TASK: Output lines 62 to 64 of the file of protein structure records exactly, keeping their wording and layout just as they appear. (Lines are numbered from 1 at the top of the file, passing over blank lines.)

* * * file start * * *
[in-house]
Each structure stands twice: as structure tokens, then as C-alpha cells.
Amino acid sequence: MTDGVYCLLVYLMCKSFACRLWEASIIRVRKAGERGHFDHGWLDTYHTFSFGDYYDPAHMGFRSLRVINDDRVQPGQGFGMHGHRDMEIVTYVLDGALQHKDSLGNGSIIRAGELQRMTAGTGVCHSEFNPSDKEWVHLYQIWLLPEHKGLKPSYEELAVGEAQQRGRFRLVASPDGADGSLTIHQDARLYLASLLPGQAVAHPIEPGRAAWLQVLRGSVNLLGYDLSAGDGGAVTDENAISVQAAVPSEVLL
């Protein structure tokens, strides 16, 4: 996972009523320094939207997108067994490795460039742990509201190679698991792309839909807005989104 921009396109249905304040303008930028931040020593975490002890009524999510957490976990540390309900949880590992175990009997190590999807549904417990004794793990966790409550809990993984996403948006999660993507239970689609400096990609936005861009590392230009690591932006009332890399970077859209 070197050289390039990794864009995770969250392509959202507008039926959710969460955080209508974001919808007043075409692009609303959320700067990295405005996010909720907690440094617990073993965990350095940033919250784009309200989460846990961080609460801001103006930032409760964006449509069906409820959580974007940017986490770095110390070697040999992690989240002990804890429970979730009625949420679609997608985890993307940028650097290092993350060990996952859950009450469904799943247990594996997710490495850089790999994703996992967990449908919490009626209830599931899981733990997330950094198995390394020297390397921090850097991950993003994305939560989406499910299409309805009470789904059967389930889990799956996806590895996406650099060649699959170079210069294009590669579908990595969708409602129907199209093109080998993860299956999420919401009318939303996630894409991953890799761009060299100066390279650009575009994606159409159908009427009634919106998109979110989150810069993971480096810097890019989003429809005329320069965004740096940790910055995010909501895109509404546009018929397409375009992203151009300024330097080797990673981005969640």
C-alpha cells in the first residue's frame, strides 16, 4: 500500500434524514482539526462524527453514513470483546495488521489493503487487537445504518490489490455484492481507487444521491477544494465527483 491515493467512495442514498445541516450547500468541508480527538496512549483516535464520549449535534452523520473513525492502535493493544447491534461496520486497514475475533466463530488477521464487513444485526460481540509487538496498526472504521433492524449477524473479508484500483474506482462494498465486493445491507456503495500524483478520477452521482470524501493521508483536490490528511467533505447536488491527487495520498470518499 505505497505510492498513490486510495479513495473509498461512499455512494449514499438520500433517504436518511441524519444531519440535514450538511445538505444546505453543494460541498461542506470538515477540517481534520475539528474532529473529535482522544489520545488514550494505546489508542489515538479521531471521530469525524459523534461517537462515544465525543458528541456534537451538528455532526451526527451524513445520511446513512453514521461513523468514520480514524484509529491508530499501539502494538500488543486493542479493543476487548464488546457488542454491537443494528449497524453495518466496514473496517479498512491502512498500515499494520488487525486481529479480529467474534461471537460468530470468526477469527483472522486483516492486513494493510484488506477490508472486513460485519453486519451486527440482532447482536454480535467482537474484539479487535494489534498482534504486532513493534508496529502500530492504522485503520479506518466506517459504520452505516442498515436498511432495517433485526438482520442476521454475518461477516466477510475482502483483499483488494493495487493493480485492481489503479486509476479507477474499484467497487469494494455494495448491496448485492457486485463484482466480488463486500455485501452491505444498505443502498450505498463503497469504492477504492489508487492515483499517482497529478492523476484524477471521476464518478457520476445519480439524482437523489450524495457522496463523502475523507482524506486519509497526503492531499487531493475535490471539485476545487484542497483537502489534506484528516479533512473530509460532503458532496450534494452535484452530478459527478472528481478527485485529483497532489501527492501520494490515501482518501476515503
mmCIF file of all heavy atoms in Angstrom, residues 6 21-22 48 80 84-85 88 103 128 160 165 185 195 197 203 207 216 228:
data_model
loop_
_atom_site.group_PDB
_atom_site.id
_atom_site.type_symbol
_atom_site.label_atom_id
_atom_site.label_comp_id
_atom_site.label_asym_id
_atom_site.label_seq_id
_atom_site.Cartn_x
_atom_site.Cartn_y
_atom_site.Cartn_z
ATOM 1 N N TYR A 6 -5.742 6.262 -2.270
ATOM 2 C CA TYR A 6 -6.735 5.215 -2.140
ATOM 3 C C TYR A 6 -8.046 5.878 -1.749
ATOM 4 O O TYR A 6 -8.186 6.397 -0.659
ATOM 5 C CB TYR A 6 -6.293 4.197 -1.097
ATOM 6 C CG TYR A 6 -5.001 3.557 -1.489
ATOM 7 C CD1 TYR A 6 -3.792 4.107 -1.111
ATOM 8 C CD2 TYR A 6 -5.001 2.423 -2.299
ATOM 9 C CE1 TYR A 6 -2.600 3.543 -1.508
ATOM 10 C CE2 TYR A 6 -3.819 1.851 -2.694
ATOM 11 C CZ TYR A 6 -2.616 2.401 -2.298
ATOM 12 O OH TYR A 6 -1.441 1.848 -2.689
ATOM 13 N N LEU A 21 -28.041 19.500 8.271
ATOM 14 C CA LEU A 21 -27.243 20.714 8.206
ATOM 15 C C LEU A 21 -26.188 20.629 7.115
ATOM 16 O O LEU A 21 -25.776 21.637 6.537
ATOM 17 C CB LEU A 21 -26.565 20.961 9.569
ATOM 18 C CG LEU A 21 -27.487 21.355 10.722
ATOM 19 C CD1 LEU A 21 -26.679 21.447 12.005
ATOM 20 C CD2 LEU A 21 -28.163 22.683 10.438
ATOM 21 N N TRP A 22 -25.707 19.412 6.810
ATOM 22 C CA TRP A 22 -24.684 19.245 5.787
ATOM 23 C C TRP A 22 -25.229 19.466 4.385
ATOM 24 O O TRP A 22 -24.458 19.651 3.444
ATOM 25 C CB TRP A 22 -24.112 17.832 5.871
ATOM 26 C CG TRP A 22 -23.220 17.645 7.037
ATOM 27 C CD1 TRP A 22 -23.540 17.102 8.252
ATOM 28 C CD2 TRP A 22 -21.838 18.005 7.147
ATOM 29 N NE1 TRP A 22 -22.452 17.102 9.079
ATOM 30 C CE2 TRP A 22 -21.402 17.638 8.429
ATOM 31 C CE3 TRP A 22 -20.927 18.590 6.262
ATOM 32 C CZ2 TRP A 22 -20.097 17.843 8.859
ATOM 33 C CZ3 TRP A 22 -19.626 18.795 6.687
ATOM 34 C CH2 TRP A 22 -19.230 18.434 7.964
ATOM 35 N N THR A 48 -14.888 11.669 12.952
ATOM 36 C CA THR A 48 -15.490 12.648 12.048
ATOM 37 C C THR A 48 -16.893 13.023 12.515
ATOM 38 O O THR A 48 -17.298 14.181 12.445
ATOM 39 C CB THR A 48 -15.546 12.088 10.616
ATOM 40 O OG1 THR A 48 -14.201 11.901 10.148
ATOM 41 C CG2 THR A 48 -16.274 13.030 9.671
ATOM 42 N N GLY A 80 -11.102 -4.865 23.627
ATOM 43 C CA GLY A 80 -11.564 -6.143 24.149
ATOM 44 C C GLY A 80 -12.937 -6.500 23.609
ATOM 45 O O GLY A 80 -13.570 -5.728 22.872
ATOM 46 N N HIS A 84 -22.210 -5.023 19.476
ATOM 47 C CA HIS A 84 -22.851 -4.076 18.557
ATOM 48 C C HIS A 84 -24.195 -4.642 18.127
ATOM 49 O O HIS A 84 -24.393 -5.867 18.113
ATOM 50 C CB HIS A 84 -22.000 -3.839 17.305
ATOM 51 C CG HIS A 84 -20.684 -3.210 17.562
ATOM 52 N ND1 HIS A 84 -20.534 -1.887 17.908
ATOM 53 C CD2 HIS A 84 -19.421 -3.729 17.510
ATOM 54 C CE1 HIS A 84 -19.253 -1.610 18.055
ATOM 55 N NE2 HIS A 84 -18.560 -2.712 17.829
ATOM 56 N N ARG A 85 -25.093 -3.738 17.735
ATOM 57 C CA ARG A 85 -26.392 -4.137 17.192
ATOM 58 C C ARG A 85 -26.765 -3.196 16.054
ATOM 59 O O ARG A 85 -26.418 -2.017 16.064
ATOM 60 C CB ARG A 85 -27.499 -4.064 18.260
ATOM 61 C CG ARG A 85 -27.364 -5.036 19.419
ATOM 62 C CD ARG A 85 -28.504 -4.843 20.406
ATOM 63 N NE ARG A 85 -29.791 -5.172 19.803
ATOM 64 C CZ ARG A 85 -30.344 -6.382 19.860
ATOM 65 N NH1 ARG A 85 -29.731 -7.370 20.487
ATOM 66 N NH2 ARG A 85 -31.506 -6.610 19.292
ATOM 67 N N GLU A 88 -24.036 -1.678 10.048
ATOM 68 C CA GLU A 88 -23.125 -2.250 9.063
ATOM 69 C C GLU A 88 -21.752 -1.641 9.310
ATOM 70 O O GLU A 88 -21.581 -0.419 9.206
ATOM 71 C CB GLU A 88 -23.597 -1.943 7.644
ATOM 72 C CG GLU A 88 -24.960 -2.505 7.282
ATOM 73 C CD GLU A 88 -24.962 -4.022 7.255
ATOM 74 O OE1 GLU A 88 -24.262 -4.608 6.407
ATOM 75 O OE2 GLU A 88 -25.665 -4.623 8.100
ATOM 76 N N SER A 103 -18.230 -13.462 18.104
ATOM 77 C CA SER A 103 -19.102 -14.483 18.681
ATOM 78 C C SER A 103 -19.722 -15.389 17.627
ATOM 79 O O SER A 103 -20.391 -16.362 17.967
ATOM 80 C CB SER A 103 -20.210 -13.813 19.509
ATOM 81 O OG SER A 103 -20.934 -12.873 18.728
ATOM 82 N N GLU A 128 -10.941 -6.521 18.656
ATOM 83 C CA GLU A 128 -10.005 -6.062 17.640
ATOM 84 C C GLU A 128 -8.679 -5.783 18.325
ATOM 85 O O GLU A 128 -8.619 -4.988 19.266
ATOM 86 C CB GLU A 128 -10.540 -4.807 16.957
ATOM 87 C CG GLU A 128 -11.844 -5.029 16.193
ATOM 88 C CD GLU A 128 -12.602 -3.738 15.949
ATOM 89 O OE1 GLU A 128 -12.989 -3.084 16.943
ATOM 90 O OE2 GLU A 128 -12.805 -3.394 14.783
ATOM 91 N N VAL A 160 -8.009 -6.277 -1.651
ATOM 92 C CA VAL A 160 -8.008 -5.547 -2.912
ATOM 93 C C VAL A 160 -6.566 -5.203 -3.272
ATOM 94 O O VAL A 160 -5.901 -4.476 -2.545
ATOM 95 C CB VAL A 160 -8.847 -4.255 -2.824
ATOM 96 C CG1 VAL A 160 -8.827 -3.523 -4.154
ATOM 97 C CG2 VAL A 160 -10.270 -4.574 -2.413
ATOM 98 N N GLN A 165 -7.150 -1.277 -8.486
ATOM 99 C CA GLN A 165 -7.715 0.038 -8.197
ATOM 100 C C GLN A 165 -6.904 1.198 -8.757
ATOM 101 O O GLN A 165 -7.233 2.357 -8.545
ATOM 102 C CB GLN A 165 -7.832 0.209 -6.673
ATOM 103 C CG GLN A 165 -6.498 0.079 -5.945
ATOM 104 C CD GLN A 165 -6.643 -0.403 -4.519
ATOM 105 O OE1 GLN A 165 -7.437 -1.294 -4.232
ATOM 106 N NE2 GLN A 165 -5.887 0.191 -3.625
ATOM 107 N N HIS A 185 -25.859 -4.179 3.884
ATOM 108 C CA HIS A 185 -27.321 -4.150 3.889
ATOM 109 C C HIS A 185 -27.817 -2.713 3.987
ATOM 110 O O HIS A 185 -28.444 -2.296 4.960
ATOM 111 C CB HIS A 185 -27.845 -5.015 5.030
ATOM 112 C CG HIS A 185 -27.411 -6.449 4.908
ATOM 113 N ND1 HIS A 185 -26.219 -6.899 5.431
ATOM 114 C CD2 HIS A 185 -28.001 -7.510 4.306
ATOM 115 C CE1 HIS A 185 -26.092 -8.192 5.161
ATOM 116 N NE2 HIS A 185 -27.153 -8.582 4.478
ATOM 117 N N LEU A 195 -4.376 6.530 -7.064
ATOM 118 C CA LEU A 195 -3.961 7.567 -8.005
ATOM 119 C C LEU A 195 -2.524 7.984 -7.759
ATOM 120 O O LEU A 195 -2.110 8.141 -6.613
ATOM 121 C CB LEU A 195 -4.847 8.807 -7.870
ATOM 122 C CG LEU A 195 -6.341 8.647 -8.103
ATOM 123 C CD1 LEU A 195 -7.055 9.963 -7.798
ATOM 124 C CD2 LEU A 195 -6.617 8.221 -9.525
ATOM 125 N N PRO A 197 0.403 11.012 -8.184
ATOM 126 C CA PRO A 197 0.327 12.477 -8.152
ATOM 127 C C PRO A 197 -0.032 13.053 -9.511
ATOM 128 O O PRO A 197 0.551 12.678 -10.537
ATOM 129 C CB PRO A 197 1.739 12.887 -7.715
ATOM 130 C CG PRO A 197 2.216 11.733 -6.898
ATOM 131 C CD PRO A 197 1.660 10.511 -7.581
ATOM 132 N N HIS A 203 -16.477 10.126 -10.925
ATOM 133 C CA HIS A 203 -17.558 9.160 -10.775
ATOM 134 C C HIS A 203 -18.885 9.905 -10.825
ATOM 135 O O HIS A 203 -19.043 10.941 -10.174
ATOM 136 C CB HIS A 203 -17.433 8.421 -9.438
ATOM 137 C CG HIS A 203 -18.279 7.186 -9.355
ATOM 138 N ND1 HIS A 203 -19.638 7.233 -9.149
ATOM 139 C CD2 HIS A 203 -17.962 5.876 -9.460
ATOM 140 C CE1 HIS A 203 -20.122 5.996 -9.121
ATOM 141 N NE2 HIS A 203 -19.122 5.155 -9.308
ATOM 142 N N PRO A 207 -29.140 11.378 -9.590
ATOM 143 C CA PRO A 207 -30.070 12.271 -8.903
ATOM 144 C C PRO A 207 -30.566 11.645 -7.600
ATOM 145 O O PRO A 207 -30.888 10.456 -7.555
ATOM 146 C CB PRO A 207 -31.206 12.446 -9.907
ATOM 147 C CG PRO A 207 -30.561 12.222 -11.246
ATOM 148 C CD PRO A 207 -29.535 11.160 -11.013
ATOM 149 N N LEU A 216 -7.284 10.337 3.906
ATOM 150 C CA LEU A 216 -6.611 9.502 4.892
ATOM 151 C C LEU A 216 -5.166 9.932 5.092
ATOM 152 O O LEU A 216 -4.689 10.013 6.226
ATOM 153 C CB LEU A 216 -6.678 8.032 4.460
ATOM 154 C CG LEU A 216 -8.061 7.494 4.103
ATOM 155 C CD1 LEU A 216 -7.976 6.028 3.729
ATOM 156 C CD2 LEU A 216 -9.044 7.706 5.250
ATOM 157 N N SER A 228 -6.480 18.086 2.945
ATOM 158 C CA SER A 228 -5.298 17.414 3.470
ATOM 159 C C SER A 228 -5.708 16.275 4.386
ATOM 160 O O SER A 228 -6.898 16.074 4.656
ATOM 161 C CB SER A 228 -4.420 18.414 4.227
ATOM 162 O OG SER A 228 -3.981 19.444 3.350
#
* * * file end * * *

ATOM 44 C C GLY A 80 -12.937 -6.500 23.609
ATOM 45 O O GLY A 80 -13.570 -5.728 22.872
ATOM 46 N N HIS A 84 -22.210 -5.023 19.476